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One Woman's Story

Heart Survivors

Women who have experienced heart disease, heart attack or stroke share their courageous stories. Each had to advocate for herself to receive proper care in order to survive. Please support the Women's Heart Foundation's mission to educate women by making a donation.

Pat d
    My cholesterol-lowering drug caused me to have symptoms of Multiple Sclerosis and Hydrocephalus. Two years ago, I was told I had high cholesterol and needed to take a statin to reduce my risk of heart disease. Over the next three months, I became progressively ill with weakness in my legs. I lost the ability to think clearly. I couldn't remember simple things. Eventually, I couldn't walk or talk. The fourth month, I became bedridden and incontinent of my water. I was crying all the time. My husband took me to see neurologists at Johns Hopkins. They thought I had pressure on the brain and scheduled a spinal tap. There was discussion of placing a shunt inside my brain. Then, after eight months of feeling ill, I woke up and realized it was the statin drug that was making me sick. I stopped the drug that very day. It has been a year and three months since I stopped the cholesterol-lowering drug. I have regained my ability to walk and talk. My bladder control has improved with a new medication, and I am feeling more hopeful of the future with my husband and family.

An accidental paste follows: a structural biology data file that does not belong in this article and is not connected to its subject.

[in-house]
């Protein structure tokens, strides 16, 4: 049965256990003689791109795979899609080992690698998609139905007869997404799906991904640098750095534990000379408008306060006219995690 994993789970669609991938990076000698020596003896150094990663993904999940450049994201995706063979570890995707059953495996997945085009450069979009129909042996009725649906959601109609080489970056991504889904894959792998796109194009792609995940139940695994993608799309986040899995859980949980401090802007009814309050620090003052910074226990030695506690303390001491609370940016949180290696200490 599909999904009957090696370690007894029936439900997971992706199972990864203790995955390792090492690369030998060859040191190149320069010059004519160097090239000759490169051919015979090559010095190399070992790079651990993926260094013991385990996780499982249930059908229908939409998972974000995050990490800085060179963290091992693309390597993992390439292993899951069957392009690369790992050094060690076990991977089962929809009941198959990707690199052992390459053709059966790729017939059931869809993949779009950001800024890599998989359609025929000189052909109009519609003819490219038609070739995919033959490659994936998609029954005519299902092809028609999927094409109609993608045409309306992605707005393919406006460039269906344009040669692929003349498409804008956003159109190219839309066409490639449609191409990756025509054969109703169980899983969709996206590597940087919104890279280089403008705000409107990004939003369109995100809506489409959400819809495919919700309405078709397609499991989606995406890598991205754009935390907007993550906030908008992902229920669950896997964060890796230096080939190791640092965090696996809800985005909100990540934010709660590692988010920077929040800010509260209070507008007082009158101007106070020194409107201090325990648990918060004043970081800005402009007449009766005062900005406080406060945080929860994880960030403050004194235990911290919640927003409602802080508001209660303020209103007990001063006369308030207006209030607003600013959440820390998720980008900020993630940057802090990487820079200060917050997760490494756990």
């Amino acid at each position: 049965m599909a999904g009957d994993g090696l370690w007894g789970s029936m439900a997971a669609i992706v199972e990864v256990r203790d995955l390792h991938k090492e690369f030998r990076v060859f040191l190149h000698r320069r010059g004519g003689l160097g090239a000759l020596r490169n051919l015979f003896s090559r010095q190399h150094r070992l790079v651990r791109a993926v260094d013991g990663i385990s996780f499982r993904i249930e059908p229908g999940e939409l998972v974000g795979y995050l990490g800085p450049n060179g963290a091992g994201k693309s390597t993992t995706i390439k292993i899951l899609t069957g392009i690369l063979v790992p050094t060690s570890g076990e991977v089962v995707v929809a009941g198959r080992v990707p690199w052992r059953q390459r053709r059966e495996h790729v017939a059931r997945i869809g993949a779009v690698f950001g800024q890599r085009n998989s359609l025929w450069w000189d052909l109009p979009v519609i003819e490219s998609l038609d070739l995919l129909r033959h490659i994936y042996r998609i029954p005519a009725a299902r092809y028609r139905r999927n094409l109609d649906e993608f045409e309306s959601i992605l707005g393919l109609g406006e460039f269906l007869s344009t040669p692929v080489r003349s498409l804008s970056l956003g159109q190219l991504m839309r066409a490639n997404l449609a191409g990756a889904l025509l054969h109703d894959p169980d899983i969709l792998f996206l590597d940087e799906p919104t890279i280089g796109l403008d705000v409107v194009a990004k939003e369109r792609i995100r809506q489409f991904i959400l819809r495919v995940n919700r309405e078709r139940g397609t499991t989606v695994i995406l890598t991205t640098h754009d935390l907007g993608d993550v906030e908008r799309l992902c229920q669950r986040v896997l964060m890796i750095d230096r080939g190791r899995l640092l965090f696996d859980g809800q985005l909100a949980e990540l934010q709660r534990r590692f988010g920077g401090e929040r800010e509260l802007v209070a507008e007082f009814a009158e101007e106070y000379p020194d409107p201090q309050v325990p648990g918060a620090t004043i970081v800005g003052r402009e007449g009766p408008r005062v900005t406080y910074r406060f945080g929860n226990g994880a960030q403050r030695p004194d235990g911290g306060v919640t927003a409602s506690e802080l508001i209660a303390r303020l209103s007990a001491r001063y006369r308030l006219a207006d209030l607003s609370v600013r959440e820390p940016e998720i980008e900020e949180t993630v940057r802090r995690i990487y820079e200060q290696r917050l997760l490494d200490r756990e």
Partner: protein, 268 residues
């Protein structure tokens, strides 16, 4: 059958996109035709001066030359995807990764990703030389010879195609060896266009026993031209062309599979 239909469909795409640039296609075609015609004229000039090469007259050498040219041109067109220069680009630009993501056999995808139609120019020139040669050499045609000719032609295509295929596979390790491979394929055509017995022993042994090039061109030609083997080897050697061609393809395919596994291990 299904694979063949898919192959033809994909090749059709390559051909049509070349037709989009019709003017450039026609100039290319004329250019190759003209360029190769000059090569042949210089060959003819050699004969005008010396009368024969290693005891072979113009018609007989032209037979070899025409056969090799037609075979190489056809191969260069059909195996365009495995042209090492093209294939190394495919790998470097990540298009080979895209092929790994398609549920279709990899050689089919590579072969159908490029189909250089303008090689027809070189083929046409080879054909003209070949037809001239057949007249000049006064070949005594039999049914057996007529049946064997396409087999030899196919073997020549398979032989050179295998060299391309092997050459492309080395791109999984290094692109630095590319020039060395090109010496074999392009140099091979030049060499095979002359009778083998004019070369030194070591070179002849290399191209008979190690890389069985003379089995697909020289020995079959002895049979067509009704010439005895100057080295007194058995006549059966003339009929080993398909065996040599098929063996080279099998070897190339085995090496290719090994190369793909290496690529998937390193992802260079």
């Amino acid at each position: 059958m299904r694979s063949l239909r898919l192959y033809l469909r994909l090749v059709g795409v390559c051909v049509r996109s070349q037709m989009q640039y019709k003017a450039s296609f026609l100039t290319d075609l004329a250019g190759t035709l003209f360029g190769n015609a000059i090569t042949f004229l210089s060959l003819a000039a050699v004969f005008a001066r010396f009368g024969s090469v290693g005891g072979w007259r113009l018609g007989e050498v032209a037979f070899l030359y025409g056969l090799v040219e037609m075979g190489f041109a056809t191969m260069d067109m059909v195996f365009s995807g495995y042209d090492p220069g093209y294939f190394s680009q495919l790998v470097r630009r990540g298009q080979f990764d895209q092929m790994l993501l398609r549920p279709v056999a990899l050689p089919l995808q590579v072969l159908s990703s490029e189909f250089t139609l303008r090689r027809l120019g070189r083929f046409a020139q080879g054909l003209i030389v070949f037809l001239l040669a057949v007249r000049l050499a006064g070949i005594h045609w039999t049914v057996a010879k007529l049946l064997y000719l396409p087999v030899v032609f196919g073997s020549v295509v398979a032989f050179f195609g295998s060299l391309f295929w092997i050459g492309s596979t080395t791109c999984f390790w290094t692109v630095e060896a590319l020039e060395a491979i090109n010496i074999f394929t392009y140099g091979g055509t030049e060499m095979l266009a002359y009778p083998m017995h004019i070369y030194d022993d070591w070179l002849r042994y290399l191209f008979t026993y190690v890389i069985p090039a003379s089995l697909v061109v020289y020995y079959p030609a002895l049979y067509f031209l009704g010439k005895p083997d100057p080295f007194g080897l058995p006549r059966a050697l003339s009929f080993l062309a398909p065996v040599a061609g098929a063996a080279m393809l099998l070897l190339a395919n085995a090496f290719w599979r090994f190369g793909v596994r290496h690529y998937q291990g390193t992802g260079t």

Suzanne c